Monday, October 10, 2016
“It’s a new way of doing things, but it’s clear to me that it’s going to become the standard way of designing ships over the next few years,” says Robert J. Spencer, Knud E. Hansen"
The virtual world and its benefits are already leveraged by industries ranging from healthcare to space travel, but, as might be expected, the maritime industry is playing catch up with the current pace of technological change. That is to say, up until now.
A software team from Knud E. Hansen, combining the practical shipbuilding experience of naval architects with the technological expertise of programmers, launched what it believes to be the first virtual reality (VR) design tool of its kind at SMM in September.
The tool, named ShipSpace, allows designers and other players in the design process to experience the space of a ship to scale using the CAD data from a vessel’s 3D model. Its developers envisage serious benefits for naval architects and shipowners, simultaneously improving designs and the design process. Robert J. Spencer, head of simulation products at Knud E. Hansen and Ken Goh, general manager of Knud E. Hansen’s Australian branch, highlight three significant areas of
improvement for architects. “The first is just getting a really good sense of scale…I’d summarise [it] as just better spatial reasoning,” says Spencer. “When you’re looking at a monitor, even when you know the dimensions, you really can’t understand [or] get a visceral feeling for the scale of things. You can know, yes, that’s 20cm or that’s 8m, but until you’re actually out in a space that has an 8m ceiling, you don’t really grasp what that means. And so, by getting that more visceral understanding in your bones of how big a space is, [it] just helps to make sure you can optimise it.”
Spencer believes the tool will consequently avoid mistakes but will also allow designers to minimise spaces. In other words, if a room feels sufficiently sized when it is experienced in VR, designers will avoid the impulse to enlarge what seems to be too small on paper; they can test the real environment for themselves. Goh adds: “Lots of areas on the ship are quite complicated in shape, and it’s quite hard to understand, even from a computer monitor, what these shapes are like until you’re actually in that space and can see, oh, this sloped surface here, we can’t put some piece of equipment on that. And that helps to optimise the ability to utilise space in a ship.”The second significant area is communication. Communication in and between different design teams – even those that are working in 3D – is challenging when referring to different parts of a CAD model and their location. “There’s a lot of coordination that’s messy,” says Spencer. “Whereas with ShipSpace, you [different designers] can both be in the same space, looking at the same things; you can point and say: ‘this thing.’”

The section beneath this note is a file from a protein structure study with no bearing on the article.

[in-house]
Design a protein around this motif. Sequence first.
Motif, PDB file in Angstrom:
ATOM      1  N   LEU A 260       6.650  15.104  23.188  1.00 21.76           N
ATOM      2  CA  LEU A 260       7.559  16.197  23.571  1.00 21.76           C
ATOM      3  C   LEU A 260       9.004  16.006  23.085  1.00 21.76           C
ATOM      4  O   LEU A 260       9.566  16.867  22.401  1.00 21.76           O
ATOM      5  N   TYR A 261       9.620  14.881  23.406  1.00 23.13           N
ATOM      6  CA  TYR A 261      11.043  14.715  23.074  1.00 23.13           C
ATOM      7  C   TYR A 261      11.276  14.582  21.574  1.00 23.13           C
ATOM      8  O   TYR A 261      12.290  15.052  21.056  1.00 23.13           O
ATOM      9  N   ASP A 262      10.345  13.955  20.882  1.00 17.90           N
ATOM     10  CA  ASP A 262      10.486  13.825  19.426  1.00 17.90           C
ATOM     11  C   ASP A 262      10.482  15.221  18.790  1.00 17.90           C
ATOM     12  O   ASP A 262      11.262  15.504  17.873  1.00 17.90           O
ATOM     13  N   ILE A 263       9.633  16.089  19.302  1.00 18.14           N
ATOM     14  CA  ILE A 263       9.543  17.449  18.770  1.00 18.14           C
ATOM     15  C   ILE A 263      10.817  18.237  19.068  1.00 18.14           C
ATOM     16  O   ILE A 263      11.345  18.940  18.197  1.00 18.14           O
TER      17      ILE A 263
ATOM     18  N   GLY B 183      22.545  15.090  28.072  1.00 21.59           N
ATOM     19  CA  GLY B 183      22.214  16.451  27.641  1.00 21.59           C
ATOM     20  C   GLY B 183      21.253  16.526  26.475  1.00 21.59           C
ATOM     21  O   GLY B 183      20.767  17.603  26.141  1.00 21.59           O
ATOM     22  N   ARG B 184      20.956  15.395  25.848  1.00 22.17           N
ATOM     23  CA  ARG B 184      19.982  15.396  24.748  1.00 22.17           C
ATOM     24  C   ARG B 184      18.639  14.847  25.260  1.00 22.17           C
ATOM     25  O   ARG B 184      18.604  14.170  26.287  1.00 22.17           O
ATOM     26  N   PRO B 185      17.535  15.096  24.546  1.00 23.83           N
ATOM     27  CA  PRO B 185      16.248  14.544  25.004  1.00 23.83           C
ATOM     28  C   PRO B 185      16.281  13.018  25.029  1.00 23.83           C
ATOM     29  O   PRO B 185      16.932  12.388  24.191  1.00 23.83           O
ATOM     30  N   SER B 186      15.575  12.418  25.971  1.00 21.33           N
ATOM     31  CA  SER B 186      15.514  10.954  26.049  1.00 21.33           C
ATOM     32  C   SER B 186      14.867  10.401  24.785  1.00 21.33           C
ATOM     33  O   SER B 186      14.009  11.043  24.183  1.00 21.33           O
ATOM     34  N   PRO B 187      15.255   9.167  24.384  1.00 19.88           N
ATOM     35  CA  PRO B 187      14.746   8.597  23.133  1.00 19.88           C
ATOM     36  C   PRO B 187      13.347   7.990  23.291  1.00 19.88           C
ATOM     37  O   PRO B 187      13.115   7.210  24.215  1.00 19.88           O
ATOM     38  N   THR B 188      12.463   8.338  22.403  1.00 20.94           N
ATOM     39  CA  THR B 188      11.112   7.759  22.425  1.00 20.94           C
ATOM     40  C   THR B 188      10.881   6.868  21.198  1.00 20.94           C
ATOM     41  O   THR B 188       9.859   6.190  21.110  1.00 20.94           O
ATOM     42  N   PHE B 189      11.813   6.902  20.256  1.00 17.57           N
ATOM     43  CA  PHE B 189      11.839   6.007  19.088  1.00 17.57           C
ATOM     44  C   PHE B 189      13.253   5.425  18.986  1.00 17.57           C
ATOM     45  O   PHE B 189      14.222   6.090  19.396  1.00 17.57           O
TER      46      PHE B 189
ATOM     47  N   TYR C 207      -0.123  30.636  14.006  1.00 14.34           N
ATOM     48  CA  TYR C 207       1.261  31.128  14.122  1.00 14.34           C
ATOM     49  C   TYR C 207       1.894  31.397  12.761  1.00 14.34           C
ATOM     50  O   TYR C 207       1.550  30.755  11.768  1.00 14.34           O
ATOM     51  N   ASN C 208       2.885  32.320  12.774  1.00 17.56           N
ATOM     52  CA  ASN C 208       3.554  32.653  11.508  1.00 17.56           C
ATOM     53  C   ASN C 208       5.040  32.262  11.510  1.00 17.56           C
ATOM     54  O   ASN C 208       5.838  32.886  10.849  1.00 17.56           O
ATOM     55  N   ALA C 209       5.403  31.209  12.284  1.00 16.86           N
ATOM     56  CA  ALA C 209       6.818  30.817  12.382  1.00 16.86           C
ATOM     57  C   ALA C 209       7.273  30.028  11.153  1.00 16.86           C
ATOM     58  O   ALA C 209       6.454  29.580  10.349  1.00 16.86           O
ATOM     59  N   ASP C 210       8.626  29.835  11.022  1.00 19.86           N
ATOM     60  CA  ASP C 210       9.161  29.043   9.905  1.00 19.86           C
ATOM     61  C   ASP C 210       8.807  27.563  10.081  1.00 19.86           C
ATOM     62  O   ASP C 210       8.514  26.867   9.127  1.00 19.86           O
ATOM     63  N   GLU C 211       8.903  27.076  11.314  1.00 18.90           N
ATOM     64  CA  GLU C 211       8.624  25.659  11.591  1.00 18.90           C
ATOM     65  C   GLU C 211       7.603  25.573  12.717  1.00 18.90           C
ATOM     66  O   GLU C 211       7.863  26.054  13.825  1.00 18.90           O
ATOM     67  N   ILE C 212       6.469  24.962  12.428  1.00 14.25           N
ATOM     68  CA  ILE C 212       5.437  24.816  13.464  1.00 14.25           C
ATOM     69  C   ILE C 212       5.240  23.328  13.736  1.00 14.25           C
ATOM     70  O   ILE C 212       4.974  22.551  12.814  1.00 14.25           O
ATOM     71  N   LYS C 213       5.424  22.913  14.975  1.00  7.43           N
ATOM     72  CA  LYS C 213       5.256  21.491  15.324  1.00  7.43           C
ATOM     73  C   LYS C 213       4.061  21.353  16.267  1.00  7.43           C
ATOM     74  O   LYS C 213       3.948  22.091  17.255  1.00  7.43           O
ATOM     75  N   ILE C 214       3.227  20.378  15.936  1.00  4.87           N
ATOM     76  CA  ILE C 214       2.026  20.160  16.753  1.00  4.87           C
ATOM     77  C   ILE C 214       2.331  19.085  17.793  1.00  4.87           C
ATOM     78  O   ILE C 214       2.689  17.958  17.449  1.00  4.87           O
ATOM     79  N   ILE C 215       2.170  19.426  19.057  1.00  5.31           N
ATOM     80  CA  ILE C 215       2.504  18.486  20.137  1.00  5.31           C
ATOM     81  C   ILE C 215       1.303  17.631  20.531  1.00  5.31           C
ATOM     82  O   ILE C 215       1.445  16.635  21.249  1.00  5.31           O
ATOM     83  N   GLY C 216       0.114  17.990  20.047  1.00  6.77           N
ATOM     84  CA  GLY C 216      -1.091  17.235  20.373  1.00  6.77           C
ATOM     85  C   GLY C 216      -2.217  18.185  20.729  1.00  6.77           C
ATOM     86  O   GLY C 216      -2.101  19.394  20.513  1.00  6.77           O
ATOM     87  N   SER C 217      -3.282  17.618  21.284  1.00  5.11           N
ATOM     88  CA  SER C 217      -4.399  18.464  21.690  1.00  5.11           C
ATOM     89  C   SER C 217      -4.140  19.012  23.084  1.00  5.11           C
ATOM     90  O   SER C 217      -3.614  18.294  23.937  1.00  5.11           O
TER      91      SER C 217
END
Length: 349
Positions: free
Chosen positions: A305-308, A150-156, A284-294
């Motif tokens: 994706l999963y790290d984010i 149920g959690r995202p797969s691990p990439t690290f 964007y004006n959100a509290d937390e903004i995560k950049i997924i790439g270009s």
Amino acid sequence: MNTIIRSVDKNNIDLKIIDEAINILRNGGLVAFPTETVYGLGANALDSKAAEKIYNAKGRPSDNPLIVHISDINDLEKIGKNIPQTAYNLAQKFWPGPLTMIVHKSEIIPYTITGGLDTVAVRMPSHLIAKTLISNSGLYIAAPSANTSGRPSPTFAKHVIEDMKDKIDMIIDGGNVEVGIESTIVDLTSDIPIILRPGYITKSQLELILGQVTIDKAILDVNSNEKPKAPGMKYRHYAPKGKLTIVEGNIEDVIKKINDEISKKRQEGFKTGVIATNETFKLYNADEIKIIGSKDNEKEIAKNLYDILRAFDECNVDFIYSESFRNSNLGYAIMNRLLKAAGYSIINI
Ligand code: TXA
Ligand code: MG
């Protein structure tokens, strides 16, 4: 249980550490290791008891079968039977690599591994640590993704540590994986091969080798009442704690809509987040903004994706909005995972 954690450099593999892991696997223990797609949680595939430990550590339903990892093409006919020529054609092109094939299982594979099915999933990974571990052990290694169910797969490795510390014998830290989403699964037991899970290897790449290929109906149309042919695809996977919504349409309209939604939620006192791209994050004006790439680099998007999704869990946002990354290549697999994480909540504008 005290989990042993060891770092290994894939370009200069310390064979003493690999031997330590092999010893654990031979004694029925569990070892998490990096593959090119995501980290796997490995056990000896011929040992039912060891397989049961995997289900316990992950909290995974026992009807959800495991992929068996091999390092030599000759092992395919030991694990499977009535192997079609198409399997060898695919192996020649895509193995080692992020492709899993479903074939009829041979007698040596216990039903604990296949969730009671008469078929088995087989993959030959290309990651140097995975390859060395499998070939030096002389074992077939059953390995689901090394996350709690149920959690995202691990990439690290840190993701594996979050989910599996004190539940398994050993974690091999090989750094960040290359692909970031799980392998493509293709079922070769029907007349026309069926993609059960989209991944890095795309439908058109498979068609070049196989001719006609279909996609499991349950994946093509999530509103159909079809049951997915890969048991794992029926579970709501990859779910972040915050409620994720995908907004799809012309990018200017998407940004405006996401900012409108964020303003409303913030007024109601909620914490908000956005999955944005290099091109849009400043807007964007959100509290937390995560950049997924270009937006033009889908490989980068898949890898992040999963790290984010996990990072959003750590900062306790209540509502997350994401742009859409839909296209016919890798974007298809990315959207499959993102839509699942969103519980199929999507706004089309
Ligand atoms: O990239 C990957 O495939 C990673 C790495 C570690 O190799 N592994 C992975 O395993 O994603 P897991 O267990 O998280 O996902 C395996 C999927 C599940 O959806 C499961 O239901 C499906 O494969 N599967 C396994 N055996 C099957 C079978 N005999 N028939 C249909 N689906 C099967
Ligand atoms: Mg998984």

This ultimately simplifies the process for designers, but also makes the design of a vessel more accessible to those that can’t read plans. The third benefit, domain expertise, ties into this idea by empowering non-designers with an active role in the design process. Spencer hypothesises an example of designing a galley: “An engineer can educate themselves well enough to design a galley, but engineers aren’t known for their culinary expertise.” A chef on the other hand can’t read a plan, but they can tell you what is needed for a galley. “With ShipSpace you can get a chef, you can put them in their galley, and he can stand there and say: ‘No, I’m standing here with a frying pan and I can’t reach where it now has to go; I need to be able to stand in one place and move this from there to there,’” says Spencer.
“Normally these sorts of things happen afterwards, where they’ll create a mock-up or fly-through, or something like that, and then say: ‘is this ok?’ At which point you can pretty much guarantee that they’re going to go, it’s ok...because at that stage it’s too expensive to go back and start changing things.” It is by moving this incorporation of domain expertise further forward in the design cycle that Knud E. Hansen believes its system will reduce design risk and add substantial value to the achieved end product. Even now, some owners have to spend another couple of hundred thousand dollars on brand new ships that haven’t even seen full service yet to rectify areas that don’t work, explains Goh.
While the cost of the licence to use the system is not disclosed, Goh says: “The cost of people employing this system for their design and making sure, getting domain experts in to advise those issues, the cost of actually using [the] system is insignificant compared to what can be saved.”
The rate of production is also sure to improve, according to Goh, especially when it comes to resolving clashes and things like pipe runs. “3D modellers often have to design their systems separately from each other… and then they all think, oh you’re going to get this over you and I’m going to go over here and sometimes they have to cross, and then it’s often left to production to sort out the interfaces and also the clashes they find.
“An evolution, or a way to be able to use this tool, is to be able to resolve those clashes – communicate with members of them in a 3D environment. We’ve been doing experimentations of moving things around in the virtual space, which we think is going to be very valuable as a design tool for both designers and the shipyard in the future.”
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